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FCC Levies $10M Election Spoofing Fine

FCC Commissioner Jessica Rosenworcel
(Image credit: FCC)

The FCC is levying an almost $10 million fine for spoofed robocalls targeting a California state election.

The Enforcement Bureau forfeiture ($9,997,750 to be exact) against Kenneth Mosther for unlawfully altering caller ID info (spoofing) was announced and approved unanimously at the FCC's Nov. 18 virtual public meeting.

The calls had been referred to the FCC by the California Secretary of State.

The FCC said the spoofer made over 47,000 calls to spread misinformation about the campaign.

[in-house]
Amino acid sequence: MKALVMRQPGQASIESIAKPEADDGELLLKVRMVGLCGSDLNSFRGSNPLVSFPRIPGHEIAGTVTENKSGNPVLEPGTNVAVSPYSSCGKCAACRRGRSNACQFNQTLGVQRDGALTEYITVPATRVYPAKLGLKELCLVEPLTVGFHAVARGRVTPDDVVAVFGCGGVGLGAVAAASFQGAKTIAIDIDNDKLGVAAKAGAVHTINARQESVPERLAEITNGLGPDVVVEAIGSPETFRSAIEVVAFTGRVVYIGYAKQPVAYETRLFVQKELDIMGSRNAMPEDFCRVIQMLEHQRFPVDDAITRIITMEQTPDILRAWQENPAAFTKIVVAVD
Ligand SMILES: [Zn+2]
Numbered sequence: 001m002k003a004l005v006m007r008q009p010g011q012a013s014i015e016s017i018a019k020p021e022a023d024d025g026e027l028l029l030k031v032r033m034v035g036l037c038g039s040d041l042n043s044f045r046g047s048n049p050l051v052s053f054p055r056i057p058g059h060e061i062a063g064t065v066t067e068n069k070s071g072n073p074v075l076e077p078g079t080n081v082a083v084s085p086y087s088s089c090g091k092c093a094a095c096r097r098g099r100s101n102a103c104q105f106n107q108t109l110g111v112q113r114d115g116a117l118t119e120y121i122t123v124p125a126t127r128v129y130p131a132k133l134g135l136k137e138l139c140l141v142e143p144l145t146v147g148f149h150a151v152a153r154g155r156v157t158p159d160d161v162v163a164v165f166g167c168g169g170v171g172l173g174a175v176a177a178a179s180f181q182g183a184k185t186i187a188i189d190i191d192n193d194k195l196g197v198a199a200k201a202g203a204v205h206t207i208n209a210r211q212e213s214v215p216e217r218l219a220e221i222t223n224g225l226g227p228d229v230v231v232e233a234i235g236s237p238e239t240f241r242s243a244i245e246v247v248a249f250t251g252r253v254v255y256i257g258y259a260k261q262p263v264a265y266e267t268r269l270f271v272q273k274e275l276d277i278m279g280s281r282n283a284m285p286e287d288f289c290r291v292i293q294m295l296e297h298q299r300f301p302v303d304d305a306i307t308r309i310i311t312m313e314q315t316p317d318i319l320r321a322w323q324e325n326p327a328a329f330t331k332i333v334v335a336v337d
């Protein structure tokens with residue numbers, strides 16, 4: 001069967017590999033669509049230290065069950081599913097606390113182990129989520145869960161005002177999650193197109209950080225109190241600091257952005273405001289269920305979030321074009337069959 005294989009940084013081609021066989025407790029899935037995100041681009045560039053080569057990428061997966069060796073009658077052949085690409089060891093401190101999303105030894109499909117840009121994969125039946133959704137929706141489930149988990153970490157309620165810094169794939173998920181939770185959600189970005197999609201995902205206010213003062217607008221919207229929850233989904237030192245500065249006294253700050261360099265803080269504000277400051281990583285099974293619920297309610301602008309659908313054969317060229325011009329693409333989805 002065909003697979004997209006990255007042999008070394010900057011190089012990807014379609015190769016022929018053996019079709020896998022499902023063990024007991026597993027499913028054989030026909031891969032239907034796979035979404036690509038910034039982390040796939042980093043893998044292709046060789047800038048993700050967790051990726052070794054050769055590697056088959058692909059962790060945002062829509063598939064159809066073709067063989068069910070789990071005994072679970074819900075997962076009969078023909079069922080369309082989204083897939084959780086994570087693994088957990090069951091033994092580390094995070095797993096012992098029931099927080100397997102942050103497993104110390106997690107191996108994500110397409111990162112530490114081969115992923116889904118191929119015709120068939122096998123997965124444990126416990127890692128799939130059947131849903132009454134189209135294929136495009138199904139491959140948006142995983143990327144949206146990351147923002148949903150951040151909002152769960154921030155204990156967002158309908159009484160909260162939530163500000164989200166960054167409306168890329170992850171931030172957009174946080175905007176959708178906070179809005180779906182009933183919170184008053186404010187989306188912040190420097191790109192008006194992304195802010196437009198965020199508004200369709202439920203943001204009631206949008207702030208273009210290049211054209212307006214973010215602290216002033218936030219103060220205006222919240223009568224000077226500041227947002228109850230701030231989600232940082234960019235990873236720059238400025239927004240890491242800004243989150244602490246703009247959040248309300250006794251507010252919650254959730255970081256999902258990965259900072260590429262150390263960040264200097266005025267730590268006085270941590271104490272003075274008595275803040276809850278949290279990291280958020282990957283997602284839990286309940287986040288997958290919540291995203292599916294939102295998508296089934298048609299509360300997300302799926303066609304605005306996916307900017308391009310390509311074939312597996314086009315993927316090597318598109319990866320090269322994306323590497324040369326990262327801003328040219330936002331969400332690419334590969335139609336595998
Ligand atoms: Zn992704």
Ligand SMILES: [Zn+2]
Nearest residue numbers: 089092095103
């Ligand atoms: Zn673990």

While the other commissioners passed on meeting statements on the enforcement action, commissioner Jessica Rosenworcel suggested more such actions may be needed.

She pointed out that, in this case, "one week before a state primary [in 2018], this robocall campaign featured allegations about sexual assault by a candidate that ultimately resulted in the accuser pleading guilty to making a false report of a crime."

She said the fine had her full support, but that it was not the only election-related robocall campaign that needed the FCC's attention. "Just two weeks ago there were reports that millions of robocalls were also using spoofed numbers to spread misinformation in advance of the November election," she said. "[I]f these calls ran afoul of the tools we have to protect consumers—like the Telephone Consumer Protection Act, Truth in Caller ID Act, and TRACED Act—this agency needs to
act.

The FBI has been investigating a robocall in advance of the election with some variation of the message: "Stay home and stay safe." While it did not mention the election, but the campaign struck some as smacking of voter suppression.